Accused Nasdaq Hacker Faces ExtraditionDutch Government Approves U.S. Extradition Request
A Russian who's accused of masterminding the largest ever hacking scheme in American history may soon have his day in U.S. court.
See Also: Tools and Tactics for Modern Crimeware
Dutch Justice and Security Minister Ivo Opstelten this week upheld a U.S. extradition request for 33-year-old Vladimir Drinkman, reports Dutch daily newspaper NRC Handelsblad.
A 2012 U.S. indictment charges Drinkman - together with Russians Alexander Kalinin, Roman Kotov and Dmitry Smilianets, and Ukrainian Mikhail Rytikov - with stealing 160 million credit card numbers from 2005 to 2012, as well as reselling stolen credit and debit card details, ultimately causing $300 million in losses (see Fraud Indictment: 160 Million Cards).
U.S. authorities have accused Drinkman of being the ringleader of the group, which allegedly hacked 17 companies, including Nasdaq OMX Group, 7-Eleven, Carrefour, J.C. Penney and JetBlue Airways, as well as some of the world's largest payment providers, including Global Payments. If convicted of all of the U.S. charges filed against him, Drinkman faces a maximum prison sentence of 70 years.
According to the indictment, Drinkman was "a sophisticated hacker, who specialized in penetrating and gaining access to the computer networks of multinational corporations, financial institutions and payment processors." Authorities say they amassed evidence in the case in part from instant messages sent by Drinkman to his alleged co-conspirators, as well as by analyzing software used in related attacks.
Drinkman and Smilianets, who's 28, had been charged in a 2009 indictment related to the attack on Heartland, which grew out of a U.S. investigation into a hacking group known as "Shadowcrew." In June 2012, U.S. authorities received a tip that the two men had landed at Schipol airport in the Netherlands. In response to a U.S. request, the Dutch High Tech Crime Team, which is part of the National Police Agency, tracked and arrested both men, NRC Handelsblad reported.
Smilianets was extradited to the United States in September 2012, subsequently entered a not-guilty plea, and remains in custody. Both he and Drinkman have been charged with conspiracy to gain unauthorized access to computers and conspiracy to commit wire fraud, which together carry a maximum 35-year prison sentence and fines totaling $1.25 million. Both were also charged with unauthorized access to computers and wire fraud, which would carry an additional, maximum 35-year prison sentence and $1.25 million in fines.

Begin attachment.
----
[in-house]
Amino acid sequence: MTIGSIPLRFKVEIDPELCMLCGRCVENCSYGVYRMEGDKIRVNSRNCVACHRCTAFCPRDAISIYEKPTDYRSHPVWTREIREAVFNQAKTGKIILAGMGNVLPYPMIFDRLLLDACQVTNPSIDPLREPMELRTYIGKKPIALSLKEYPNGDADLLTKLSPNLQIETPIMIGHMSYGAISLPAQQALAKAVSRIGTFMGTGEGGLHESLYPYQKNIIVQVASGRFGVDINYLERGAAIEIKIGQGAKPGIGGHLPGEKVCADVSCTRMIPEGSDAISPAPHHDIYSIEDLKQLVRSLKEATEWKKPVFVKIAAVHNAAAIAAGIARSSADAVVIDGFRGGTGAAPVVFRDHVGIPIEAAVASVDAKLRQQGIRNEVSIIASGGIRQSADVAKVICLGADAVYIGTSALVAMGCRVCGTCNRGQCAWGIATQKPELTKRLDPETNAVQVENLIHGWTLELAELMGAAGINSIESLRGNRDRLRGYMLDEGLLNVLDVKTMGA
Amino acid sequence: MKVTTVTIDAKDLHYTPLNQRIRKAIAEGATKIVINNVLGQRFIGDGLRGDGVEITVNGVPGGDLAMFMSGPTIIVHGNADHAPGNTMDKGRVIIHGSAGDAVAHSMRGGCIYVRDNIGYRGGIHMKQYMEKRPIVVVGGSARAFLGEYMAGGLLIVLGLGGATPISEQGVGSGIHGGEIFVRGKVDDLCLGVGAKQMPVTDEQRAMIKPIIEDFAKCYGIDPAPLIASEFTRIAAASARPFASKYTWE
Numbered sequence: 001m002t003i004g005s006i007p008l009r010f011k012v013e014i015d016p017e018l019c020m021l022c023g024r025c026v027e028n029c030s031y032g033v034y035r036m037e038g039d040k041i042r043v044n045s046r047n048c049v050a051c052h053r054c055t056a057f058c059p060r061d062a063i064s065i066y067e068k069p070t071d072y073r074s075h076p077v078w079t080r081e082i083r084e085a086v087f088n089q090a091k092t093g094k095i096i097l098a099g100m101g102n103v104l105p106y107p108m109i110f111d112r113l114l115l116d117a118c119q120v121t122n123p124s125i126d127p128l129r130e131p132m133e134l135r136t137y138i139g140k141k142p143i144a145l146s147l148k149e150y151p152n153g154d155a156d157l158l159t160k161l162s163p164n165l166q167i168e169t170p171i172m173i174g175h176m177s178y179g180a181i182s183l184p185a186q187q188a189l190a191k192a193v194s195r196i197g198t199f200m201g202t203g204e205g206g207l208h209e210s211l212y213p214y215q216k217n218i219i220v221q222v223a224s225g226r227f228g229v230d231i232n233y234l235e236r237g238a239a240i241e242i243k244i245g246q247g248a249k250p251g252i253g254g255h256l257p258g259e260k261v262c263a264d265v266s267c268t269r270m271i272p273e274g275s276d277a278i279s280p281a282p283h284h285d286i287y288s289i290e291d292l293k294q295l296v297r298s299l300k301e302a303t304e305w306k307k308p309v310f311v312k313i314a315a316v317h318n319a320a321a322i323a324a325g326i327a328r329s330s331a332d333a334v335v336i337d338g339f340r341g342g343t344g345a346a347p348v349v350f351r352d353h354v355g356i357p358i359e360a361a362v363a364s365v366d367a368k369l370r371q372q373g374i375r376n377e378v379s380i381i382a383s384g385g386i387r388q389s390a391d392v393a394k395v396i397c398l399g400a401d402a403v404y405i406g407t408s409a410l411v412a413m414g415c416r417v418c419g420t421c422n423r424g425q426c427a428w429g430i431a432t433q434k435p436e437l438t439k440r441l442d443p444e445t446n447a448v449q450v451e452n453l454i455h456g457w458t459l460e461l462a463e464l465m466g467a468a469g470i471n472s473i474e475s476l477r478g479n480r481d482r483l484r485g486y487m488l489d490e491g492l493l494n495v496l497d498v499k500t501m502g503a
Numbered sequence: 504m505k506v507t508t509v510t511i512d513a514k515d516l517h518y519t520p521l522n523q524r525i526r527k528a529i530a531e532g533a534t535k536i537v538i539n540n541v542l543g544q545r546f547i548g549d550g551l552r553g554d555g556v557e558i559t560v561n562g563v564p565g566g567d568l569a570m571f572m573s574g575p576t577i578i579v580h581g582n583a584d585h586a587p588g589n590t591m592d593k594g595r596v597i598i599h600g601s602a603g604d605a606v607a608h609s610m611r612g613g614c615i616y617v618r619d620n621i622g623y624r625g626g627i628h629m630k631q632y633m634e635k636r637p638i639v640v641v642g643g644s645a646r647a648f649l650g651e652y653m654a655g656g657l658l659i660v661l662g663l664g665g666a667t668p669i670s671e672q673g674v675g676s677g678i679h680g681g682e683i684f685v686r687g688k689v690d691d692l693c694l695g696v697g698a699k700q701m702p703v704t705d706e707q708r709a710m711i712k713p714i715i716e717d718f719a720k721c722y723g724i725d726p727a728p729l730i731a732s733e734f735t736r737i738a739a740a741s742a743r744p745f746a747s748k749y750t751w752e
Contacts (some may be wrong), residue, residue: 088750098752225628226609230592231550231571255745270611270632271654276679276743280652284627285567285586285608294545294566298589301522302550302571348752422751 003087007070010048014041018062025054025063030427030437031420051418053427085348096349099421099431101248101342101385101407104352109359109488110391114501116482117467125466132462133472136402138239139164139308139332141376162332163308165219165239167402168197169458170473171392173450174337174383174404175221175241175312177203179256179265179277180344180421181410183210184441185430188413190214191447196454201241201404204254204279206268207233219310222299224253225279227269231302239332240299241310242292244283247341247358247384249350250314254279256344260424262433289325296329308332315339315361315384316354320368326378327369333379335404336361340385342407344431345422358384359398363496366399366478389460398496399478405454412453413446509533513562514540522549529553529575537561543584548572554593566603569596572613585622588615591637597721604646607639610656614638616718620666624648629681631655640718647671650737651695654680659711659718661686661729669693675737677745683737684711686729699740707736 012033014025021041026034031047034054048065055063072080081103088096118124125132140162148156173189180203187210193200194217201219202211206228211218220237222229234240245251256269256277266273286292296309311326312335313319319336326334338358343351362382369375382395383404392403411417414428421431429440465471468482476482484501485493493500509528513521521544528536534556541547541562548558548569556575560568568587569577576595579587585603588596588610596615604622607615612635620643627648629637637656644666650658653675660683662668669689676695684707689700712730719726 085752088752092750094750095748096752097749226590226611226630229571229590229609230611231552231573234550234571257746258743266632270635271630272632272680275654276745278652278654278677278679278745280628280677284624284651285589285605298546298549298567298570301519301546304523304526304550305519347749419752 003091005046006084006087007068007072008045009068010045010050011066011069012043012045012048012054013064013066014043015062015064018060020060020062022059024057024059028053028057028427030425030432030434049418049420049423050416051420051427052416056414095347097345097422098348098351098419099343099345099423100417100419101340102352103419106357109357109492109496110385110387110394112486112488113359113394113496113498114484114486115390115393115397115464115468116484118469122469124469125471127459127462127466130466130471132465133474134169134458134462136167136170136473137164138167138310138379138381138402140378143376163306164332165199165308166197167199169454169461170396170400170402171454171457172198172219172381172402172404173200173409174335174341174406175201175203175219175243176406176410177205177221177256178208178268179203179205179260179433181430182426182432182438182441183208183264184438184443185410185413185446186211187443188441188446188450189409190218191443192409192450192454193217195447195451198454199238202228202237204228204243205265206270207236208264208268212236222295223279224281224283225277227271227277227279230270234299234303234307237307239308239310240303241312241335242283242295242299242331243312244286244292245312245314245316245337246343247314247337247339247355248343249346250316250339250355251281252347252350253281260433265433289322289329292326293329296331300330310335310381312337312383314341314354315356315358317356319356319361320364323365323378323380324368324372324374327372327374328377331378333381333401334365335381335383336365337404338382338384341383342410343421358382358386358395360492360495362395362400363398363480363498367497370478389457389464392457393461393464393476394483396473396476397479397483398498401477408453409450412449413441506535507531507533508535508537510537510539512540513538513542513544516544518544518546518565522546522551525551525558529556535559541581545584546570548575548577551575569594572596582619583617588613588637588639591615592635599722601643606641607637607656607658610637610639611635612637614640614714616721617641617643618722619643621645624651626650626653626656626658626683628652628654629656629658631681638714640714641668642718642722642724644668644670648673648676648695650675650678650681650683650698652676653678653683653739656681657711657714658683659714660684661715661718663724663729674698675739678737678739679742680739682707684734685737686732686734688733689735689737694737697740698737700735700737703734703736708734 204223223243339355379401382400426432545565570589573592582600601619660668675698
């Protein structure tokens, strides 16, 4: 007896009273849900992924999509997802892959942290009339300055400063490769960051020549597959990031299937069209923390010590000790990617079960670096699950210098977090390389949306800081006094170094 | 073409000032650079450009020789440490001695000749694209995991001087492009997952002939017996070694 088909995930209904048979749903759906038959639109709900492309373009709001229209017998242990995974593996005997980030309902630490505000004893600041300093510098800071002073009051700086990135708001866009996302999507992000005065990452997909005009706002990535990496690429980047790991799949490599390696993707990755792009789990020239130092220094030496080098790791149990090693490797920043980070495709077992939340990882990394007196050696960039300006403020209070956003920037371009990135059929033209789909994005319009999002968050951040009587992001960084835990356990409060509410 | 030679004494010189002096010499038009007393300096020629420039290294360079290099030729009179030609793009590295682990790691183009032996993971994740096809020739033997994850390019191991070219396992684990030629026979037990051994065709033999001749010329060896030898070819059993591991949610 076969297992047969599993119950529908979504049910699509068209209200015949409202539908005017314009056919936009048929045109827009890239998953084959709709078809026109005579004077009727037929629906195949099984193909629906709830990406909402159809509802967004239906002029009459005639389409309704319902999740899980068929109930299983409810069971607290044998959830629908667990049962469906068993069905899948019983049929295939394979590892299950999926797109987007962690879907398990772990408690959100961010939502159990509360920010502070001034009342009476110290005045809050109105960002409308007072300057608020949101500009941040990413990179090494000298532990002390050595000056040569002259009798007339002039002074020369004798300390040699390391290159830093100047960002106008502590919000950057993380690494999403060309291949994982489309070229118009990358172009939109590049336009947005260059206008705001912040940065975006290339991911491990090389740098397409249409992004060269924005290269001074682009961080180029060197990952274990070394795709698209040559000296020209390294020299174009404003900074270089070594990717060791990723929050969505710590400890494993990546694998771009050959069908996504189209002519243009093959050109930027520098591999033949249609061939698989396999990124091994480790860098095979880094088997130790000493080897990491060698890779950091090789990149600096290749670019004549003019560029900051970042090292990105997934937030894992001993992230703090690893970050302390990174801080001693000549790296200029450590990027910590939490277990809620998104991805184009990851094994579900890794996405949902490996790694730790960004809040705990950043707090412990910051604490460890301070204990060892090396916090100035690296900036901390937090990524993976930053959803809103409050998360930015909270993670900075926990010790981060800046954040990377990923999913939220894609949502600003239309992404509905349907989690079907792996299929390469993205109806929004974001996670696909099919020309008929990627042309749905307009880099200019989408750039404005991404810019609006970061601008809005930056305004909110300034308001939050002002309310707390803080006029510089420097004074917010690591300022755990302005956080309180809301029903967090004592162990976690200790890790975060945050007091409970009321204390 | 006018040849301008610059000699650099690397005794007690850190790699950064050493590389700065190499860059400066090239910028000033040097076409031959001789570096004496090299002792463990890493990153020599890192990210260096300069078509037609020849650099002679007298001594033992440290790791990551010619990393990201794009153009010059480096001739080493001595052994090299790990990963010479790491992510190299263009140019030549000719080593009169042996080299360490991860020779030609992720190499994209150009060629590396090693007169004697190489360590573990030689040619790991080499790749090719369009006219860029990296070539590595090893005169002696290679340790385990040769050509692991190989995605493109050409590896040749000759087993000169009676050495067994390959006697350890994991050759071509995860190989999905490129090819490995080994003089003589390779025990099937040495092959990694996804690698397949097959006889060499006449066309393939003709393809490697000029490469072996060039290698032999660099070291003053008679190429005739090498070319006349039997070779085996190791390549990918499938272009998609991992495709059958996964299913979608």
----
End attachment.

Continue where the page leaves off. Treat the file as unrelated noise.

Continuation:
Competing Extradition Requests
Both the United States and Russia requested Drinkman's extradition. The U.S. extradition request for Drinkman - on cybercrime and fraud charges - was filed in August 2012. Russia's extradition request followed in October 2013, accusing Drinkman of "committing fraud in the area of cybercrime, specifically the theft of goods belonging to others," through a hacking conspiracy.
"It is an old Russian trick to sabotage American extradition by concurrent request," attorney Arkady Bukh, a New York attorney who represents hackers, told Bloomberg in April. "This is not the first time they are playing this."
The case led to two years' worth of legal wrangling, including Drinkman fighting the U.S. extradition request all the way to the Court of Rotterdam, which is the top Dutch court. In April 2014, the court's three judges ruled that both the U.S. and Russian extradition requests complied with all relevant Dutch laws, as well as the European Convention on Extradition, and said they were both admissible, Bloomberg reported.
Earlier this year, Drinkman told NRC Handeslblad that he preferred to be extradited to Russia. He's also maintained his innocence, and argued that the U.S. has no "technical evidence" against him.
U.S. Request Granted
But Dutch minister Opstelten ruled this week ruled that Drinkman would be extradited to the United States, on the grounds that the Netherlands received the U.S. extradition request before the Russian one.
A spokeswoman for the U.S. Justice Department declined to comment on Drinkman's pending extradition.
U.S. authorities say Kalinin, Kotov and Rytikov remain at large.
Russia has previously criticized U.S. attempts to extradite its citizens on hacking charges. Russia and the United States have no extradition treaty.